Officials dismiss Al-Queda tape
it "appears to be just a propaganda tool put out by al Qaeda to mark the 9/11 anniversary"
the tape "covers the usual well-worn jihadist propaganda themes."
"Don't get too spun up about the threat to L.A."
Officials downplay threat on purported al Qaeda tape
Los Angeles, Australia mentioned as possible targets
From David Ensor and Kevin BohnCNN Washington Bureau
WASHINGTON (CNN) -- U.S. counterterrorism officials said Monday that they were skeptical that a purported al Qaeda tape that threatened California and Australia was a prelude to an attack.
On the tape, a masked man speaking in American-accented English says, "Yesterday, London and Madrid. Tomorrow, Los Angeles and Melbourne, Allah willing."
One official said it "appears to be just a propaganda tool put out by al Qaeda to mark the 9/11 anniversary," which was Sunday.
The official said the tape "covers the usual well-worn jihadist propaganda themes."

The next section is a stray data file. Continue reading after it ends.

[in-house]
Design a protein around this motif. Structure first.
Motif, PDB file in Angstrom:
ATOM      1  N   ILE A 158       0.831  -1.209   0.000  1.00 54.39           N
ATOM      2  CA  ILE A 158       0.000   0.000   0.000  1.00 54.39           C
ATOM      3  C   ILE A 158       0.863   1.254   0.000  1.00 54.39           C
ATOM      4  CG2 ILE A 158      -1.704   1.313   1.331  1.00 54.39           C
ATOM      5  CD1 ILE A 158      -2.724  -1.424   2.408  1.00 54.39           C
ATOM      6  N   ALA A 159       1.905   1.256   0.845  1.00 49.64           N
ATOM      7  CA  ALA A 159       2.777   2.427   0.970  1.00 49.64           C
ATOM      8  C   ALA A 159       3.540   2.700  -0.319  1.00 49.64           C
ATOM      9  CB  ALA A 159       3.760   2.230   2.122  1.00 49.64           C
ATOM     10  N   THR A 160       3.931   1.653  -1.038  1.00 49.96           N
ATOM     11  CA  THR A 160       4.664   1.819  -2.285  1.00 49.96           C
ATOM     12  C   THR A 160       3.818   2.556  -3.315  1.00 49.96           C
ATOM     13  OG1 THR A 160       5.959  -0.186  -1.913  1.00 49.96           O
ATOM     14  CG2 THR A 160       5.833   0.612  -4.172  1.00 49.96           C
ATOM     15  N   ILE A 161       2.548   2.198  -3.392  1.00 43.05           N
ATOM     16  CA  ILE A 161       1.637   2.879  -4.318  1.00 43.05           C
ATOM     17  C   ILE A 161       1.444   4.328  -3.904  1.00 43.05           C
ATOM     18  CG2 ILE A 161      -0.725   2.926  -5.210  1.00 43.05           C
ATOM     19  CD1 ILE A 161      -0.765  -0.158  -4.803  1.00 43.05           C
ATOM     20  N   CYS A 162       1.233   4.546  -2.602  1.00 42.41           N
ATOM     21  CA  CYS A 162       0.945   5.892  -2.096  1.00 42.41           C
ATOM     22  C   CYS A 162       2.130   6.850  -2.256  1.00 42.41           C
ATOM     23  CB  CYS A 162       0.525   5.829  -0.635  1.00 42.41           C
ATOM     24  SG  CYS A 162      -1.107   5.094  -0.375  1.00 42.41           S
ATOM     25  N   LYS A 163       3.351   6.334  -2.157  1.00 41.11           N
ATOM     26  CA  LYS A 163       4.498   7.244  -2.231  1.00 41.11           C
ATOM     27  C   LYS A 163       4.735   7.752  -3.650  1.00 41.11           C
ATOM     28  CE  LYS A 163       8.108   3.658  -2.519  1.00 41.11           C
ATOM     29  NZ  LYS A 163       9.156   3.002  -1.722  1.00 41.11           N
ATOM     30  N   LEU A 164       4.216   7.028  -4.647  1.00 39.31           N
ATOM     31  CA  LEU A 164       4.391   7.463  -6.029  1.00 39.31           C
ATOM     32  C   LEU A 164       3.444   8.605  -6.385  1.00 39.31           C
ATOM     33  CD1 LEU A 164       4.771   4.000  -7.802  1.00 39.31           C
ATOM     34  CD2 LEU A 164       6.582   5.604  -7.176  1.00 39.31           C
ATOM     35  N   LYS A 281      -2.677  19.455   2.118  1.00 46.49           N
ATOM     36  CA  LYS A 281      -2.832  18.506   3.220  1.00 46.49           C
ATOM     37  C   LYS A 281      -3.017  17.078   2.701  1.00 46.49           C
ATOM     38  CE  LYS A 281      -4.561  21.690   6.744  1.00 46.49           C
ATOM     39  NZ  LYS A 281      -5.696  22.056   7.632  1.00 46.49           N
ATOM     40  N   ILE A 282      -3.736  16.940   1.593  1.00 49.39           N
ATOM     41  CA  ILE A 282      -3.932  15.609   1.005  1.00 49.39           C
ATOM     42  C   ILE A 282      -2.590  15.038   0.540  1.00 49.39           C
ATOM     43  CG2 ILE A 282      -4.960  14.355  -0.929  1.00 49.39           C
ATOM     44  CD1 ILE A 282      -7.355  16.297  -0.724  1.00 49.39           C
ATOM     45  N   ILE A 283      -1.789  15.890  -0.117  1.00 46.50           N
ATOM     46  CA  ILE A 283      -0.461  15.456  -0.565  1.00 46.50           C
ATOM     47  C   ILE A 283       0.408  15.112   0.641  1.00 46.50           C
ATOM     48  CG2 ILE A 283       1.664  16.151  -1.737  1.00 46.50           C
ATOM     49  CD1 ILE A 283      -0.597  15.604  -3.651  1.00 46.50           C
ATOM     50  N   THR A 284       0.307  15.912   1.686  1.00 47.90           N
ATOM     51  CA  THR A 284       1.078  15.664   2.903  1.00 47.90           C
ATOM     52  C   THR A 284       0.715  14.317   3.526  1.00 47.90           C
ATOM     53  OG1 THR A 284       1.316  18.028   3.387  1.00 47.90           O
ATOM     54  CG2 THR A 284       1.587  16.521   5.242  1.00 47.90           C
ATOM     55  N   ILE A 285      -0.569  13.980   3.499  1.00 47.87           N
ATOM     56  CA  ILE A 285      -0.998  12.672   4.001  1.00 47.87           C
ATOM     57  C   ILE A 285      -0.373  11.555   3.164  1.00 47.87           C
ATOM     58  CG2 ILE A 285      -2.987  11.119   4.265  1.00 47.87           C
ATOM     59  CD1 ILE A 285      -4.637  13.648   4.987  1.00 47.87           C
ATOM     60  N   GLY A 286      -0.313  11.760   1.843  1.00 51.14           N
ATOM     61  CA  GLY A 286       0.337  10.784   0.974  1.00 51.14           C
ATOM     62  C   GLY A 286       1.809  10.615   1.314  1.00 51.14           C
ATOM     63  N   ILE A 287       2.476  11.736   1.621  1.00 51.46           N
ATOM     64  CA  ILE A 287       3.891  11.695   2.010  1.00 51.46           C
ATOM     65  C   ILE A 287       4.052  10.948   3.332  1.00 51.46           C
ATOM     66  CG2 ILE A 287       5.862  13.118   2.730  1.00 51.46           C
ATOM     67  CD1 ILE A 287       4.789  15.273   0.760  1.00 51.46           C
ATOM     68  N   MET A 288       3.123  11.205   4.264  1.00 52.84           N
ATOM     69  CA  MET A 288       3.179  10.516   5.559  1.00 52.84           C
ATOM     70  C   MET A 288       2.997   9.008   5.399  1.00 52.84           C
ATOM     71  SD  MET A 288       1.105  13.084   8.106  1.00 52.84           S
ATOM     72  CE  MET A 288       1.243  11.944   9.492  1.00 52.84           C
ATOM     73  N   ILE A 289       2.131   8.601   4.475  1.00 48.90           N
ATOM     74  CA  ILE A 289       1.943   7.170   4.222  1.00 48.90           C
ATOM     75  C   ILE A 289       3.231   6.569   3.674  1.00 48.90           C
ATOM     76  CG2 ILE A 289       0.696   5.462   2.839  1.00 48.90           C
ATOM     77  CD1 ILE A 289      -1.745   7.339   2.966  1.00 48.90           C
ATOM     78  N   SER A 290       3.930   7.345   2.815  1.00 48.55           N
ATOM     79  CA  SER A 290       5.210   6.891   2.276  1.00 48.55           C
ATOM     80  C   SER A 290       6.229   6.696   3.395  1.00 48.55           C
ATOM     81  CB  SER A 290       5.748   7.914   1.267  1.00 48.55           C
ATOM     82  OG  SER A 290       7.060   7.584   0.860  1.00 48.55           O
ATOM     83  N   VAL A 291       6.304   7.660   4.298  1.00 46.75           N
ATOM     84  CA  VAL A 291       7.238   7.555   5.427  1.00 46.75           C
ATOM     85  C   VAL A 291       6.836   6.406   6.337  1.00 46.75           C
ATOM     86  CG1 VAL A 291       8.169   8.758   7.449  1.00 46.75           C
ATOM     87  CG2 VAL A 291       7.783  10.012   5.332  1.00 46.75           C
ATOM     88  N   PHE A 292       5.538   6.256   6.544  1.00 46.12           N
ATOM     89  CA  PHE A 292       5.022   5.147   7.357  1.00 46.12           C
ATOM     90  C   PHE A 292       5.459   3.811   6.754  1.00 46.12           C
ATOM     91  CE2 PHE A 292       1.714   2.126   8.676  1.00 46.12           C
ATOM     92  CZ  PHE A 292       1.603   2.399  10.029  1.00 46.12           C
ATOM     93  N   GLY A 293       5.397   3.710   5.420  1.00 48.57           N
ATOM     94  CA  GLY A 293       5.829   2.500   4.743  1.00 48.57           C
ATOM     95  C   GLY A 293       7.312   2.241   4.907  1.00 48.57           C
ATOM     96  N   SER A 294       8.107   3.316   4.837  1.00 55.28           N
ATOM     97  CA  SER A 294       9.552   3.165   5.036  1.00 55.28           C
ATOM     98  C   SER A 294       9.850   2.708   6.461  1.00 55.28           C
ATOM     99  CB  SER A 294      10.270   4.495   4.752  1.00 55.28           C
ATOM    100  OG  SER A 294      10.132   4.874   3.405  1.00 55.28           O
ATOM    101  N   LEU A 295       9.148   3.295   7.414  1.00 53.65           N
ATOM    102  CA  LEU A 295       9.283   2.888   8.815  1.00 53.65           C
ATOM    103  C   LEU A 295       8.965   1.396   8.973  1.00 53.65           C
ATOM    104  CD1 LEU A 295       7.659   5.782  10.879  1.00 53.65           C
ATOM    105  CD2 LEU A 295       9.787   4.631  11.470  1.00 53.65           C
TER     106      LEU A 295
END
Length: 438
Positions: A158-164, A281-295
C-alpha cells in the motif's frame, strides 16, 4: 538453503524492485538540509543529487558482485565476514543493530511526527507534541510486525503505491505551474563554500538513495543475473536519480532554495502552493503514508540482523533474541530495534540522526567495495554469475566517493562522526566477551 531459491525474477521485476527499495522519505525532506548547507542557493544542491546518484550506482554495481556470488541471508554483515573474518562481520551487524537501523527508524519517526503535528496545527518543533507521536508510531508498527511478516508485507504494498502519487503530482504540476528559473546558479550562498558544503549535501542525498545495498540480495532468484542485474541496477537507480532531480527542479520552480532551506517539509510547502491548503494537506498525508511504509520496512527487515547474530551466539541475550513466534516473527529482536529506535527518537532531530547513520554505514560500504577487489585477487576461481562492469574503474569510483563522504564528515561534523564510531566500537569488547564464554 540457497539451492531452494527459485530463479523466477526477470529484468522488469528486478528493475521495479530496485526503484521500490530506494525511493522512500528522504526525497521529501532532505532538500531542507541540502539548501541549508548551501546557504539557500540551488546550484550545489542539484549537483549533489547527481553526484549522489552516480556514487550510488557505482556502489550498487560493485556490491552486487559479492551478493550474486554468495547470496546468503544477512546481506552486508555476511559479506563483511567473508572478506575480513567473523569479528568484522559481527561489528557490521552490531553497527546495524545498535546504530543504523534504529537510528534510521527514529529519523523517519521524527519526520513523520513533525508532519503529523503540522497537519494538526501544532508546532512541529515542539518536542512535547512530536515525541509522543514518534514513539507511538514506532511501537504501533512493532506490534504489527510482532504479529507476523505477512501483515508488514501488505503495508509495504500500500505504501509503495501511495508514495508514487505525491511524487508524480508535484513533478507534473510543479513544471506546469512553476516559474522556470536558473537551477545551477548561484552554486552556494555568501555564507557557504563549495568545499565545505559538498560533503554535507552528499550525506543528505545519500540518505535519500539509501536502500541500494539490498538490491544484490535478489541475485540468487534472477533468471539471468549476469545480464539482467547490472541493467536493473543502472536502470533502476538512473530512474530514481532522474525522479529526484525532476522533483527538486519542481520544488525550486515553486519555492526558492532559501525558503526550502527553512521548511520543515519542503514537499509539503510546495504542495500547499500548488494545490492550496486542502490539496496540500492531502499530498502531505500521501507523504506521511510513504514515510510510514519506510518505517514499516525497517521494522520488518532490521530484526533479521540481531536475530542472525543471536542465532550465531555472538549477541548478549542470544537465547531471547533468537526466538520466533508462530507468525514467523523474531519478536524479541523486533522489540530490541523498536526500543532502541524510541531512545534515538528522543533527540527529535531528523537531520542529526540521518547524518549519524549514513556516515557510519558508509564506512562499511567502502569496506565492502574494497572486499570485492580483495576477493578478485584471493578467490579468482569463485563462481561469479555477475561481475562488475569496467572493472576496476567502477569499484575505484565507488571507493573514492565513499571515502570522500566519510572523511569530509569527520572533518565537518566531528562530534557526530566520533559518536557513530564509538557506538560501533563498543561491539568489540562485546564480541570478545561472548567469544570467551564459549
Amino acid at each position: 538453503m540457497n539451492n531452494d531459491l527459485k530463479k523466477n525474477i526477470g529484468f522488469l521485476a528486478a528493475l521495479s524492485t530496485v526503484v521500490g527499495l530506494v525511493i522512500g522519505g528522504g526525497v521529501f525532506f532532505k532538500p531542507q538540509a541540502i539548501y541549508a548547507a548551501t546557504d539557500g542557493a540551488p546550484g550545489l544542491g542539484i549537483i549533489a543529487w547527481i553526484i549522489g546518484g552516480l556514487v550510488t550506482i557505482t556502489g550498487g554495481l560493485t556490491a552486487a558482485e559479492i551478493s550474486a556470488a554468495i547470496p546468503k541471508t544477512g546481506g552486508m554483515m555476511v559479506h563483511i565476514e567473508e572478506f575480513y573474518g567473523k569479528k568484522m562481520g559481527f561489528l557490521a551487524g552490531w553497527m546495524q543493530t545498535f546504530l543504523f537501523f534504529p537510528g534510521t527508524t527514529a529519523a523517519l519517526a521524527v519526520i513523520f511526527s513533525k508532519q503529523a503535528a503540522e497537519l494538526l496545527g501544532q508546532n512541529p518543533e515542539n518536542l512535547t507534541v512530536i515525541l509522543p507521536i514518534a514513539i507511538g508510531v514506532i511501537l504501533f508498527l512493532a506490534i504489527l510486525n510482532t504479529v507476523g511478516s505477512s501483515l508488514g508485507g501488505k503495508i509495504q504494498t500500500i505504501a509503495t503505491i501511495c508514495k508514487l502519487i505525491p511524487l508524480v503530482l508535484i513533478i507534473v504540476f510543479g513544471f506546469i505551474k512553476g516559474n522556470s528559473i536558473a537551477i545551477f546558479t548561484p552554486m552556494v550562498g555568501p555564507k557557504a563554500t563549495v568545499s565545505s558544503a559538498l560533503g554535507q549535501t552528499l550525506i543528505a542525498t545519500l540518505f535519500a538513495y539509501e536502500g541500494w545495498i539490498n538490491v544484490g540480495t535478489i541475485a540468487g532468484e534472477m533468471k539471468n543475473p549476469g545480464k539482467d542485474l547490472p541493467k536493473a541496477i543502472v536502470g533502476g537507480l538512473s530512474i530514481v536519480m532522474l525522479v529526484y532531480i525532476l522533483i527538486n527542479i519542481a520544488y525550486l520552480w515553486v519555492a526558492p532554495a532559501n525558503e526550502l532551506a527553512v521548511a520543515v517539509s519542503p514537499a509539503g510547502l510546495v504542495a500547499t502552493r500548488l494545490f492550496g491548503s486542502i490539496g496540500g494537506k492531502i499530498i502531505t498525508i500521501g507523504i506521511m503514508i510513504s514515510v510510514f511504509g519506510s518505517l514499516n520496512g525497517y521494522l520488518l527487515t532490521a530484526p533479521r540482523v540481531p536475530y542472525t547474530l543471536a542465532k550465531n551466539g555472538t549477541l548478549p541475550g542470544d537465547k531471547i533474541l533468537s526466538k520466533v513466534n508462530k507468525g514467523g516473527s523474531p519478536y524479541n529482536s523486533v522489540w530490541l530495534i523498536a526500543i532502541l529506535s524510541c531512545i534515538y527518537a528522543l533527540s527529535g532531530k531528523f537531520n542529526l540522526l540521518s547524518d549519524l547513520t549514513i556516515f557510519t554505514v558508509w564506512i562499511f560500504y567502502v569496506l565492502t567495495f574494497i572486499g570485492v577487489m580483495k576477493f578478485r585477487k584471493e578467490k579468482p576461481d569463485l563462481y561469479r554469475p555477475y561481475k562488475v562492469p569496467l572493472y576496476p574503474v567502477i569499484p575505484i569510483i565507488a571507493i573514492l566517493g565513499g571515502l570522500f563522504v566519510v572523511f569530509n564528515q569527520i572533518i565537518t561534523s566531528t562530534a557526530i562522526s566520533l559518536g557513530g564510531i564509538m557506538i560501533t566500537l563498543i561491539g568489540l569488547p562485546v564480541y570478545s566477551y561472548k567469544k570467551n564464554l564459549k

A counterterrorism official said analysts are telling local officials, "Don't get too spun up about the threat to L.A.", noting that there has been "very little linkage over time" between al Qaeda tapes and attacks.
ABC News first obtained and broadcast the tape Sunday.
Officials said that the speaker in the tape "appears to be the same" person who called himself "Azzam the American" in a previous tape.
Authorities identified him as Adam Gadahn and said he was from the Los Angeles area.
The FBI has said Gadahn "is being sought in connection with possible terrorist threats against the United States."
It added, "Although the FBI has no information indicating this individual is connected to any specific terrorist activities, the FBI would like to locate and question this person."
U.S. officials have said Gadahn is believed to be in Pakistan.
FBI agents interviewed his family Sunday to try to determine whether he was the man on the tape, a government official said.
A large portion of Los Angeles was hit with a blackout Monday afternoon. The city was investigating the cause and extent of the outage. But Sgt. Catherine Plows, a police spokeswoman, said terrorism was not suspected.